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Student Film Celebrates Power of Arts, Great Outdoors in Managing Mental Health Challenges

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Susan Dugan


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When DU student and emerging filmmaker Jonah Steinberg (BA ’24) noticed the call for proposals for the new Jack Nathan Award in the Arts last spring, he knew he had a movie to make.  

The recently created $5,000 award honors the legacy of DU student Jack Nathan, a vibrant member of the university community who championed the power of theatre and visual art in addressing mental health issues, and funds student art projects that do the same.  

Student Jonah Steinberg
Jonah Steinberg (BA '24)

Steinberg, who transferred to DU from Montana State University after being recruited by the university's ski team, immediately thought of his close friend, former roommate and fellow competitive skier Eli Hermanson. Hermanson has coped with mental health challenges since suffering a traumatic brain injury in high school.   

“When I read the award description, I knew this would be a perfect way to tell Eli’s story,” Steinberg said. “Eli has been more vocal about his mental health struggles than most people, especially in a male sporting community where there can definitely be some negative connotations around mental health.” 

Steinberg applied for and was granted the award, which was split between him and fellow DU student Hannah Routon, who has written a play and is currently exploring possibilities for its production in the spring.  

The funds enabled Steinberg to fly to Hermanson’s home state of Alaska and film him fishing, hiking and running in the wilderness settings that continue to help heal and manage the anxiety that developed following his accident.  

Mental Homework, the short documentary Steinberg made about his friend, features Hermanson’s reflections on his continuing recovery. 

“My film is about one person’s mental health journey, but the takeaway is how spending time in nature is a fantastic way to work on your mental health,” Steinberg said. 

A Media, Film & Journalism Studies major who is minoring in marketing and communications, Steinberg attributes his passion for filmmaking to growing up in Canmore, a small town in Alberta, Canada.  

An avid outdoor sports and adventure enthusiast, he became captivated by the possibilities of capturing compelling outdoor narratives on film and took three years off between high school and college to launch a freelance commercial film and photography business.

“I felt that film was a great way to share these stories of adventure and adversity,” Steinberg said.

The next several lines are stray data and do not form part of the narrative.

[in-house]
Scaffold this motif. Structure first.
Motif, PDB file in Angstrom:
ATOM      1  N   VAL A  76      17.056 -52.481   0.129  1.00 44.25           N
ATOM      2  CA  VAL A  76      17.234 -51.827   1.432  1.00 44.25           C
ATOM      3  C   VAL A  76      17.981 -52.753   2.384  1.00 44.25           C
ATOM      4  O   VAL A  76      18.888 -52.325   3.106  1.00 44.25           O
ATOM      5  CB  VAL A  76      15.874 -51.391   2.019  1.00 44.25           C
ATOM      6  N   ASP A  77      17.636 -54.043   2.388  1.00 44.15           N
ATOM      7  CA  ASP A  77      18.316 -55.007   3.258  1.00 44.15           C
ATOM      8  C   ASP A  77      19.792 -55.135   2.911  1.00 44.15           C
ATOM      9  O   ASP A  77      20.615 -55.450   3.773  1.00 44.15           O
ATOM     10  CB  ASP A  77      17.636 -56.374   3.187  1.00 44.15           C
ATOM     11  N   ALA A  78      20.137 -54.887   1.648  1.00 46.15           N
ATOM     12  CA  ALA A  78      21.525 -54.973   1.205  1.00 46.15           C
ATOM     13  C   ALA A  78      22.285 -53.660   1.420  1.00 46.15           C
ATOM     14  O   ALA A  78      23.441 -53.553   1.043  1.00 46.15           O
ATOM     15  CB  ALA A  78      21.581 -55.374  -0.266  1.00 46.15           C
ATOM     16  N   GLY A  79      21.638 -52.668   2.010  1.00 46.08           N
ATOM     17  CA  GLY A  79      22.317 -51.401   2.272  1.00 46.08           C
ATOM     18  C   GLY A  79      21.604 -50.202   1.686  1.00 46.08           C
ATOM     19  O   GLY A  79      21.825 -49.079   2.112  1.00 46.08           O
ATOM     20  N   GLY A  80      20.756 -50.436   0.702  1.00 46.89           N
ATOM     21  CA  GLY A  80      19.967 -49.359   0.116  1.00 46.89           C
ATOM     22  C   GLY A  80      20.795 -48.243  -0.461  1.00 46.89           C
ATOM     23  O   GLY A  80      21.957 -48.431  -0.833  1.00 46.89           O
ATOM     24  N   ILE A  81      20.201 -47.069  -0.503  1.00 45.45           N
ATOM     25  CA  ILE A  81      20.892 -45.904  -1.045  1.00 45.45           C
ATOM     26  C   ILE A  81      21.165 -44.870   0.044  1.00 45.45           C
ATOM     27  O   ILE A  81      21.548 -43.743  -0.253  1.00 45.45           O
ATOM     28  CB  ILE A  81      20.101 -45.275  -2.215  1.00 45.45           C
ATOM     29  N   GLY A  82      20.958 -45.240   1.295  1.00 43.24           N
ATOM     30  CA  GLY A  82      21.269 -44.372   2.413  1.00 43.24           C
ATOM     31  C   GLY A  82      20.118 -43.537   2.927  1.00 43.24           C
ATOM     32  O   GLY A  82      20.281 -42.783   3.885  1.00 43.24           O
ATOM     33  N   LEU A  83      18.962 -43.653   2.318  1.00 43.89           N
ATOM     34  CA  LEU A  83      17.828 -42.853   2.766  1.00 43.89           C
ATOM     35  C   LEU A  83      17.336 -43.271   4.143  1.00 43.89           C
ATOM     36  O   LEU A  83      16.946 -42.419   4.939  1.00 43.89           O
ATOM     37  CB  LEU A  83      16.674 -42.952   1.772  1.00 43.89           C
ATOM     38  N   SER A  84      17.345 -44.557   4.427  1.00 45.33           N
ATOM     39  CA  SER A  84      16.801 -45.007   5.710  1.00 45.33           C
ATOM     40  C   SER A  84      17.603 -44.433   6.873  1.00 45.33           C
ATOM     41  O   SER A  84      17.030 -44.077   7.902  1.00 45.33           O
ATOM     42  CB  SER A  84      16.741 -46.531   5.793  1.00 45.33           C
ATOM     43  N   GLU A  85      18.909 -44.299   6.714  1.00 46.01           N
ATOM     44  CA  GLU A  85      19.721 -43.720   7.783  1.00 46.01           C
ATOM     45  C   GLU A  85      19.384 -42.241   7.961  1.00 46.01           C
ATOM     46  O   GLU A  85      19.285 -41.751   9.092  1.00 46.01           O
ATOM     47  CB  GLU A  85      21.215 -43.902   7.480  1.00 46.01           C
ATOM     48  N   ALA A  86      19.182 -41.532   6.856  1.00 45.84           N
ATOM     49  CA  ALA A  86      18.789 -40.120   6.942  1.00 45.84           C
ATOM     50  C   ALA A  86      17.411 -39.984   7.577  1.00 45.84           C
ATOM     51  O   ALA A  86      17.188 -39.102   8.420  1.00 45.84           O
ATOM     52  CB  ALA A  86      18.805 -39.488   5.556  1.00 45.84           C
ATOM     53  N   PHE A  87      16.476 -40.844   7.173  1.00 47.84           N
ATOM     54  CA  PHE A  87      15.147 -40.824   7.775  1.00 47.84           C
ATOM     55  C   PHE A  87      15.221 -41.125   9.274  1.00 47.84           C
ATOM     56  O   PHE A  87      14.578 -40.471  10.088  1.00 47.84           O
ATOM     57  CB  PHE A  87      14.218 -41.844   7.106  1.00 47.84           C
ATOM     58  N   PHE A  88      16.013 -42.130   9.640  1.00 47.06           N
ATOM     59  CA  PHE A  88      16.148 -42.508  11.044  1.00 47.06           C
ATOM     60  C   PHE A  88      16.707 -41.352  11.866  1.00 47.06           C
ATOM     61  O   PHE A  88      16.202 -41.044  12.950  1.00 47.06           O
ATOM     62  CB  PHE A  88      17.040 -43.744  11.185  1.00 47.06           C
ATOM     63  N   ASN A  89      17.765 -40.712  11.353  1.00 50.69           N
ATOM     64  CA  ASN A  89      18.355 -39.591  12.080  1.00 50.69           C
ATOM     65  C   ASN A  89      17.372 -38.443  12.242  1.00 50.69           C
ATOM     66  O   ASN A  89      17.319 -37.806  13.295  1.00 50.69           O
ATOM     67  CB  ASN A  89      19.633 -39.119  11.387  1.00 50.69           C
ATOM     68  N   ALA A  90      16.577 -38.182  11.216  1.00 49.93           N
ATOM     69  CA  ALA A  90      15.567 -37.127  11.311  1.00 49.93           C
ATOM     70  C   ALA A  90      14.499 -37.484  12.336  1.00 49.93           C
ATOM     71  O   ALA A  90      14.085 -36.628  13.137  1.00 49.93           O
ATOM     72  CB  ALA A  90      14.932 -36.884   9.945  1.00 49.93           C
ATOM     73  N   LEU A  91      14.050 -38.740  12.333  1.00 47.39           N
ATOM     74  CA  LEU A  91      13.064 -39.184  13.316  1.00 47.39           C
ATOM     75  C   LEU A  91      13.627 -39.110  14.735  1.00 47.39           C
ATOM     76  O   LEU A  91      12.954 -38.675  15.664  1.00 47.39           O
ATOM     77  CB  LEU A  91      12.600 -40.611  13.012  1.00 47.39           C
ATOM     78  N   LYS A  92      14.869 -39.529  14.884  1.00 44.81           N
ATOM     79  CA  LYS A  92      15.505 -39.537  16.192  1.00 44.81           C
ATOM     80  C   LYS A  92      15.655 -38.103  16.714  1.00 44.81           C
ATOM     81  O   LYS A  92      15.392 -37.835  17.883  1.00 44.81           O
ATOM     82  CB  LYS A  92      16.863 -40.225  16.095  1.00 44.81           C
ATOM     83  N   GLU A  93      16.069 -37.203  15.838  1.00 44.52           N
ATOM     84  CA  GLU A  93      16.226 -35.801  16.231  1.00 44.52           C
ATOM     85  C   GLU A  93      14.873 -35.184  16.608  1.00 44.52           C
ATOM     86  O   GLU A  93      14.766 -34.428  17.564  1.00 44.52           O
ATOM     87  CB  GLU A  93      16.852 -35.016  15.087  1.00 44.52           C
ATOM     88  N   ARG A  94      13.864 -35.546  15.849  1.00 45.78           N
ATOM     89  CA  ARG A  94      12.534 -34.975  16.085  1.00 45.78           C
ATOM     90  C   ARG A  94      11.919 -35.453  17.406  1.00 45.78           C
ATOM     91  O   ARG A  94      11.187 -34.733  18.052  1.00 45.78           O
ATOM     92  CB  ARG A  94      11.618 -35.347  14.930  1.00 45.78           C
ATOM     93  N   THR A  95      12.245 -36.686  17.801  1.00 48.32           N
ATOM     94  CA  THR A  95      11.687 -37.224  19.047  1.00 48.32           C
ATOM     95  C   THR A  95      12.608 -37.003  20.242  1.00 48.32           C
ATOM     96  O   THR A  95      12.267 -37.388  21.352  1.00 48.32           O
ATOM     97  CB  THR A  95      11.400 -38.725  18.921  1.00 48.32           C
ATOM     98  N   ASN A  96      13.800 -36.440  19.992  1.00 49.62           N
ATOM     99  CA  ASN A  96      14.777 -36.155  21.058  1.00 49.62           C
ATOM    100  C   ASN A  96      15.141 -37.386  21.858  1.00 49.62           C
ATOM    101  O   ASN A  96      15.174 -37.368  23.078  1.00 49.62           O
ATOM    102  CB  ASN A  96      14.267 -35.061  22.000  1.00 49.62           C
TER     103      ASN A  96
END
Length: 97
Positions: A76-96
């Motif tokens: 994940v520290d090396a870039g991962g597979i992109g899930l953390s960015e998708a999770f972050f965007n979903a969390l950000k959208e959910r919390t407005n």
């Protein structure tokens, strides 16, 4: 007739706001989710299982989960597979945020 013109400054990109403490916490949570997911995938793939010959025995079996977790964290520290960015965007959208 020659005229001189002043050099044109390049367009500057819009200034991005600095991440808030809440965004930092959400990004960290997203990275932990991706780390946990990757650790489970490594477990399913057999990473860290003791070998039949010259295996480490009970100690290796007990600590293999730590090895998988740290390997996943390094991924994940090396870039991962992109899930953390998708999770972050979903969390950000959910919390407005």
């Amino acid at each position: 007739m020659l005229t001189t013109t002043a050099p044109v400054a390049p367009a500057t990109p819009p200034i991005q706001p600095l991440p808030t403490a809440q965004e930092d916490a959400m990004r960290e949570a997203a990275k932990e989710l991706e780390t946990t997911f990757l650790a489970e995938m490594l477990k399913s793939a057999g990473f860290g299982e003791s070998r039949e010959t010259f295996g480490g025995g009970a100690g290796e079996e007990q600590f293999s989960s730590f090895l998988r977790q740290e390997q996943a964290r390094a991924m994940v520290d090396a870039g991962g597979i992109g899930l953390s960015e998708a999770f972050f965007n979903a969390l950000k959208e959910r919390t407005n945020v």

While experienced in producing documentary-style films for companies through his freelance business, Steinberg had never before used film to tell a more personal, nuanced story. Although he and Hermanson had a lot of pre-film meetings to discuss major points “it was quite a different experience.”  

“My commercial work is very straightforward whereas with Eli, we had a general sense of direction but through the interviewing process stories came up that changed how I’d been imagining the film.” 

Channeling his skills into “more meaningful work” broadened Steinberg’s understanding and appreciation for filmmaking. As a result, he plans to expand the preplanning process in future documentary projects.   

Creating the film also enabled Steinberg to more deeply relate to those who struggle with mental health, an experience he hopes his film likewise offers viewers.  

“Making the film allowed me to reflect and be more accepting and understanding of my own and other people’s mental health,” he said. “I’m proud that my film is getting Eli’s message out there and if it makes one person take a turn for the better, then goal achieved.” 

Steinberg, who hopes to harness what he’s learned in his DU courses to pursue a career in commercial filmmaking, has entered Mental Homework in a variety of spring film festivals and made the documentary available on his YouTube channel and his professional website

He remains grateful for the award and the generosity of Jack Nathan’s parents, who made his film possible.  

“I’ve gotten close to a few people who were close friends of Jack's and that made the whole experience even more meaningful,” Steinberg said. “I was able to work alongside those individuals while making the film, see how much it meant to them and hear how much Jack would have loved the film.”